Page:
The Working Waterfront

Hybrid ferry is a ‘half attempt’

Electric ships have already passed the test

By Peter Willcox
Posted 2023-08-22
Last Modified 2023-08-22

I was greatly disappointed to read that the new ferry being built for Islesboro has gone from an all-electric boat to a hybrid. With global warming affecting the Gulf of Maine faster than most other bodies of water in the world, I believe we need to make our best effort in new technologies, not a half attempts.

Switching a vessel to a hybrid as a rule only saves 10% of the fuel. There is a ferry in Norway named Ampere (formerly Zero Cat), which has the same length run as the Islesboro ferry (3.5 nautical miles) which has been operating for 13 years. It is reported that she avoids the use of quarter of a million gallons of diesel annually and offsets 570 tons of carbon dioxide and 15 tons of nitrogen oxide emissions compared to a conventional ferry on the same route. The Ampere carries 120 cars and 360 passengers.

The more carbon we put in the atmosphere, the more the atmosphere warms up, and the more acidic the oceans become. The oceans absorb roughly half the CO2 we pump into the atmosphere.

Electric ferries cost more to build, but they cut emissions by 95% and operating costs by 80%.

The more CO2 we pump, the more it turns to carbonic acid in the oceans. Lobster (not to mention scallops, mussels, and other crustaceans) cannot form shells in water that is too acidic.

There are lots of other electric ferries. Denmark’s Ellen is 200-feet long and completes a 22-mile trip five times a day. She is totally electric. There are no generators on board.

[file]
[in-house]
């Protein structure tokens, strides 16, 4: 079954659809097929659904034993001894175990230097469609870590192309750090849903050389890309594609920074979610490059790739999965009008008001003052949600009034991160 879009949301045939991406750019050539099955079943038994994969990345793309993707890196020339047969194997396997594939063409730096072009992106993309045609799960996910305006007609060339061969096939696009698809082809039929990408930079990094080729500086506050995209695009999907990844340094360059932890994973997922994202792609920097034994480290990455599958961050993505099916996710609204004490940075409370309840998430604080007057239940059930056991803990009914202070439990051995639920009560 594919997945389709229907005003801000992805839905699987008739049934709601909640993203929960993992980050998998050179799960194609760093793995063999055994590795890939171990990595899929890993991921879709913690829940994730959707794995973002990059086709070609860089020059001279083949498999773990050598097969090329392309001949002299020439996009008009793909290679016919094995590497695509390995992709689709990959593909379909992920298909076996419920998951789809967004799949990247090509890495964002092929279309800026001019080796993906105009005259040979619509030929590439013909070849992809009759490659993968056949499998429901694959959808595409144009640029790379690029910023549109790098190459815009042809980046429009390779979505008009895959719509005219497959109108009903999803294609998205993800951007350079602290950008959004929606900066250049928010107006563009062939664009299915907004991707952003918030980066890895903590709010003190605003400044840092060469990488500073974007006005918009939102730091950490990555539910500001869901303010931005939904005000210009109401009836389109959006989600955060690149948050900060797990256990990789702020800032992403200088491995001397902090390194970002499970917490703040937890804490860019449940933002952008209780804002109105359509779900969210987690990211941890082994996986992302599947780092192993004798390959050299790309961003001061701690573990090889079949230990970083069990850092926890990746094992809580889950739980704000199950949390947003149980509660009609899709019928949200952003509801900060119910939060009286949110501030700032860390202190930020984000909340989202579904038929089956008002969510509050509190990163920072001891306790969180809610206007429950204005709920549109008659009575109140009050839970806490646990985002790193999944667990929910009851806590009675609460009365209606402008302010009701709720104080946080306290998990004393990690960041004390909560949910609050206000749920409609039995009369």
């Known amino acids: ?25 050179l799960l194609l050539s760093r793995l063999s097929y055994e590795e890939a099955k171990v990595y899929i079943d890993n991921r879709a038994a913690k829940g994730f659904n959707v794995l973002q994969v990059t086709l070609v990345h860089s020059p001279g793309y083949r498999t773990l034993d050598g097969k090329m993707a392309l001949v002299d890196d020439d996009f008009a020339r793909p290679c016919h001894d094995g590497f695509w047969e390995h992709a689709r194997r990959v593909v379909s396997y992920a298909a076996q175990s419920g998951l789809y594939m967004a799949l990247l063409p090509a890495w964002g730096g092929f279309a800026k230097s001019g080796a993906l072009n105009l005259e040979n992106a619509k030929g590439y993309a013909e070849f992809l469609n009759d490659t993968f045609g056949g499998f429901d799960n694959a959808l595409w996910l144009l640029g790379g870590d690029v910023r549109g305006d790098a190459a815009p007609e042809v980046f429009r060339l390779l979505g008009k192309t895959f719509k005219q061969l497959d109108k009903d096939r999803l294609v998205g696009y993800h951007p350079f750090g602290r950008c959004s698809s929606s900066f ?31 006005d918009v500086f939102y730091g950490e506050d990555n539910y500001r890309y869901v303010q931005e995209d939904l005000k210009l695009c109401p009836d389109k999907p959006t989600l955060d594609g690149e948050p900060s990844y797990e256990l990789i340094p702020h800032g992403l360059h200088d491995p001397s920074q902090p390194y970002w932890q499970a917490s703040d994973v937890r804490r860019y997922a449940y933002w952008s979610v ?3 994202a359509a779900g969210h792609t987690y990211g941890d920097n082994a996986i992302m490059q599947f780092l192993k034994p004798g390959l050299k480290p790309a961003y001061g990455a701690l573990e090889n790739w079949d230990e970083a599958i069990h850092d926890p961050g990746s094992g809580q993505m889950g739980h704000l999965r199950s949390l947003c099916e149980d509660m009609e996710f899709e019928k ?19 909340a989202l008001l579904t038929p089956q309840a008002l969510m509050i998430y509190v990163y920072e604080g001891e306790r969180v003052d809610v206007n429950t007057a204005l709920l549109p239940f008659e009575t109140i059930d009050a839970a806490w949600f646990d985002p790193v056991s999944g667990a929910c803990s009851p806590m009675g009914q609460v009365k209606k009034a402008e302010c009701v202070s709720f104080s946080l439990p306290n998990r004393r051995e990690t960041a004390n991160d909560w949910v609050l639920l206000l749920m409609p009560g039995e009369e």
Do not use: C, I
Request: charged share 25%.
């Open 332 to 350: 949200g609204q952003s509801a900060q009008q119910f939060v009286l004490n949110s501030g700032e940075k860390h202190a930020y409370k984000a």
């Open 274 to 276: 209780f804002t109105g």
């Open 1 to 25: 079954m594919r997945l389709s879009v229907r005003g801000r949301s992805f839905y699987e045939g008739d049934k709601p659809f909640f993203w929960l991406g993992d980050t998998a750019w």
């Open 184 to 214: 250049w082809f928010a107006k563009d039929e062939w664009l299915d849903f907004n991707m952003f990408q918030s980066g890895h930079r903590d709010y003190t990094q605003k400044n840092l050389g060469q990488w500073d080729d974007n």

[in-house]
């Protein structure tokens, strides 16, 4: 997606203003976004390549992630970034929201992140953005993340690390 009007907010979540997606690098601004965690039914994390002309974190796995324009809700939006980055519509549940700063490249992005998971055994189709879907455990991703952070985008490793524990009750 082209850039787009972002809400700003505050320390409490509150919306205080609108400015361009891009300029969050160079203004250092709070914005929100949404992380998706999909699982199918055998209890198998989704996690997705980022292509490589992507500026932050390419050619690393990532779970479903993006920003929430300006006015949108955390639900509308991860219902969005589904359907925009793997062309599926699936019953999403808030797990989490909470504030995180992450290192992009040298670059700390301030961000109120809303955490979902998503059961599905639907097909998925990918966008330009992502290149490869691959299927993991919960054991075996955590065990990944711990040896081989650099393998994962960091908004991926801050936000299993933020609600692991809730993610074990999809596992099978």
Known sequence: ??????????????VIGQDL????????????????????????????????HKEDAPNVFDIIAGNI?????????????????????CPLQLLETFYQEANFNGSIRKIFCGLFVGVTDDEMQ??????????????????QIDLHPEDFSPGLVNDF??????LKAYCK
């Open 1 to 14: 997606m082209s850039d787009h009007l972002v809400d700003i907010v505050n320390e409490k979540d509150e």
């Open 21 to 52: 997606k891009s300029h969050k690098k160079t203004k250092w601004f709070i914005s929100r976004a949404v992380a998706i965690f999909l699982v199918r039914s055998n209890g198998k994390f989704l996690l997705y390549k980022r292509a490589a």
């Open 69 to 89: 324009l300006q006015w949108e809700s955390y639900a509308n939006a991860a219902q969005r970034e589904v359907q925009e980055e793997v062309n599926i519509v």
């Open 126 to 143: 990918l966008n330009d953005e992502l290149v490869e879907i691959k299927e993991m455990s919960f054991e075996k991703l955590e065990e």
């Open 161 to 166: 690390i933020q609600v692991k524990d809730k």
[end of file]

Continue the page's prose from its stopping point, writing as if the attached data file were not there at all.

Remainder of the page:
Peter Willcox
Peter Willcox

The Aurora and Tycho Brahe are two ferries that go between Denmark and Sweden that are 365 feet long. They, too, are totally electric. In Alabama, this country’s first electric ferry, Gee’s Bend Ferry, has been operating its two-mile route since about 2016.

Electric ferries cost more to build, but they cut emissions by 95% and operating costs by 80%.

The technique used by all these ferries to charge their batteries quickly without causing local brown outs (or worse) is to use a battery pack on shore. On the Islesboro to Linconlville run, the battery on shore would have 45 minutes to charge. The ferry would have battery capacity to run both ways if one charging system is out.

But what if there is a power failure, which has been known to happen both in Lincolnville and Iselesboro? There are already diesel generators at both ends to run the ramps in case of a power failure. These would probably need to be increased in size to provide enough power to get the ferry safely back to the other side. I estimate they would need to be between 150 kW and 200 kW.

Most merchant ships today have reduced their cruising speed. The 950-foot U.S. Navy boat I was on went 23 knots with four engines and 18 knots on two engines. As fuel has gotten more expensive, ships have slowed down.

In my opinion, the 13 knots that the Margaret Chase Smith cruises at is too fast. Cruising at ten knots would save a lot of fuel. That would throw the schedule off, but we would adjust.

All-electric ferries have been operating for 13 years in other countries and seven years in this country. We can always find excuses not to do something. But that is not how this country has evolved. And that attitude will drive away young people who will begin to get the message that we can’t do it here. This is what I saw in Argentina.

But in this case, it is our children who will bear the brunt of our decision. For their sake, we need to make our best efforts.

Peter Willcox has been a merchant sailor for 52 years, including 44 years working for environmental groups. He lives on Islesboro.